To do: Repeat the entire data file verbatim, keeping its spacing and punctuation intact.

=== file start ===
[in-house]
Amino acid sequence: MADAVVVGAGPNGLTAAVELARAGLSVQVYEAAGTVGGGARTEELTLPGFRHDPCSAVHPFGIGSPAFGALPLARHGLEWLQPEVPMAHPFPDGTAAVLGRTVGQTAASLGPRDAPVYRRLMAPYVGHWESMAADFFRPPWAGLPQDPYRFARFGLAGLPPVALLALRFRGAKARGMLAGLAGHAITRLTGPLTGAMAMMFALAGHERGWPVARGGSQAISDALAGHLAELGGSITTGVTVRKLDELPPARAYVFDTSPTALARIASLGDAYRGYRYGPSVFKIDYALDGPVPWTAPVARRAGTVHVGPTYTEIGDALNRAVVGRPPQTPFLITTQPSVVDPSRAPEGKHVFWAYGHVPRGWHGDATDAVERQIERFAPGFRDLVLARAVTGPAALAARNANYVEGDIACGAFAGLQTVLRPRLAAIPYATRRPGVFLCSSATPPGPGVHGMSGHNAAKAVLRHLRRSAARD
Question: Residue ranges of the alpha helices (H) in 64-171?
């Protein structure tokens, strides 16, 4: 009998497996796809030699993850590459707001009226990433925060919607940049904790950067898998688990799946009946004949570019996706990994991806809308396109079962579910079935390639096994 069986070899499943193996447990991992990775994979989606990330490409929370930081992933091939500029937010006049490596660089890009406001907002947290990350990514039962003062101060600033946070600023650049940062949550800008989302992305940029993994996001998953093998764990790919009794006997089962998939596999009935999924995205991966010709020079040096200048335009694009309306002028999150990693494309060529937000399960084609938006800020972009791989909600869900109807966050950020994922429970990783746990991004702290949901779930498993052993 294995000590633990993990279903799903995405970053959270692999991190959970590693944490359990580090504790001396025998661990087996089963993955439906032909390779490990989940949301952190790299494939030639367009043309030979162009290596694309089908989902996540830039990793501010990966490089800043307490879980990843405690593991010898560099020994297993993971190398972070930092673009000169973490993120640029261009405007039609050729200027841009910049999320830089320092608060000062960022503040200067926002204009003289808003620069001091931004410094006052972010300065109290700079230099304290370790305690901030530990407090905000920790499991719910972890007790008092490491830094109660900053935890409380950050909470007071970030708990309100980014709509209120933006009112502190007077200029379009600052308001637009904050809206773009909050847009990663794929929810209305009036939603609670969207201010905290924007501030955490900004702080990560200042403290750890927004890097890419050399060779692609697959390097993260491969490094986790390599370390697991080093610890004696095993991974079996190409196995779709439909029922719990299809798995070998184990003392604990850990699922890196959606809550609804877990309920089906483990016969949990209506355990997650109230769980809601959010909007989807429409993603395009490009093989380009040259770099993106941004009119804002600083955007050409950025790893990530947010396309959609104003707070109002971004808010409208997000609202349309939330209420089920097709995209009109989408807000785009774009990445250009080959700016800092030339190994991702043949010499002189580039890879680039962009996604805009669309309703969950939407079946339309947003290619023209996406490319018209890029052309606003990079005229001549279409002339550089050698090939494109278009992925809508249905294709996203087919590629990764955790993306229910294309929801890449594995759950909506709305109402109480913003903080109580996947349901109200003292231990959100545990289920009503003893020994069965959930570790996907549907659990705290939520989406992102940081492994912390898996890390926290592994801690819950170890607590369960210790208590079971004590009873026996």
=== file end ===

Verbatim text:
[in-house]
Amino acid sequence: MADAVVVGAGPNGLTAAVELARAGLSVQVYEAAGTVGGGARTEELTLPGFRHDPCSAVHPFGIGSPAFGALPLARHGLEWLQPEVPMAHPFPDGTAAVLGRTVGQTAASLGPRDAPVYRRLMAPYVGHWESMAADFFRPPWAGLPQDPYRFARFGLAGLPPVALLALRFRGAKARGMLAGLAGHAITRLTGPLTGAMAMMFALAGHERGWPVARGGSQAISDALAGHLAELGGSITTGVTVRKLDELPPARAYVFDTSPTALARIASLGDAYRGYRYGPSVFKIDYALDGPVPWTAPVARRAGTVHVGPTYTEIGDALNRAVVGRPPQTPFLITTQPSVVDPSRAPEGKHVFWAYGHVPRGWHGDATDAVERQIERFAPGFRDLVLARAVTGPAALAARNANYVEGDIACGAFAGLQTVLRPRLAAIPYATRRPGVFLCSSATPPGPGVHGMSGHNAAKAVLRHLRRSAARD
Question: Residue ranges of the alpha helices (H) in 64-171?
């Protein structure tokens, strides 16, 4: 009998497996796809030699993850590459707001009226990433925060919607940049904790950067898998688990799946009946004949570019996706990994991806809308396109079962579910079935390639096994 069986070899499943193996447990991992990775994979989606990330490409929370930081992933091939500029937010006049490596660089890009406001907002947290990350990514039962003062101060600033946070600023650049940062949550800008989302992305940029993994996001998953093998764990790919009794006997089962998939596999009935999924995205991966010709020079040096200048335009694009309306002028999150990693494309060529937000399960084609938006800020972009791989909600869900109807966050950020994922429970990783746990991004702290949901779930498993052993 294995000590633990993990279903799903995405970053959270692999991190959970590693944490359990580090504790001396025998661990087996089963993955439906032909390779490990989940949301952190790299494939030639367009043309030979162009290596694309089908989902996540830039990793501010990966490089800043307490879980990843405690593991010898560099020994297993993971190398972070930092673009000169973490993120640029261009405007039609050729200027841009910049999320830089320092608060000062960022503040200067926002204009003289808003620069001091931004410094006052972010300065109290700079230099304290370790305690901030530990407090905000920790499991719910972890007790008092490491830094109660900053935890409380950050909470007071970030708990309100980014709509209120933006009112502190007077200029379009600052308001637009904050809206773009909050847009990663794929929810209305009036939603609670969207201010905290924007501030955490900004702080990560200042403290750890927004890097890419050399060779692609697959390097993260491969490094986790390599370390697991080093610890004696095993991974079996190409196995779709439909029922719990299809798995070998184990003392604990850990699922890196959606809550609804877990309920089906483990016969949990209506355990997650109230769980809601959010909007989807429409993603395009490009093989380009040259770099993106941004009119804002600083955007050409950025790893990530947010396309959609104003707070109002971004808010409208997000609202349309939330209420089920097709995209009109989408807000785009774009990445250009080959700016800092030339190994991702043949010499002189580039890879680039962009996604805009669309309703969950939407079946339309947003290619023209996406490319018209890029052309606003990079005229001549279409002339550089050698090939494109278009992925809508249905294709996203087919590629990764955790993306229910294309929801890449594995759950909506709305109402109480913003903080109580996947349901109200003292231990959100545990289920009503003893020994069965959930570790996907549907659990705290939520989406992102940081492994912390898996890390926290592994801690819950170890607590369960210790208590079971004590009873026996």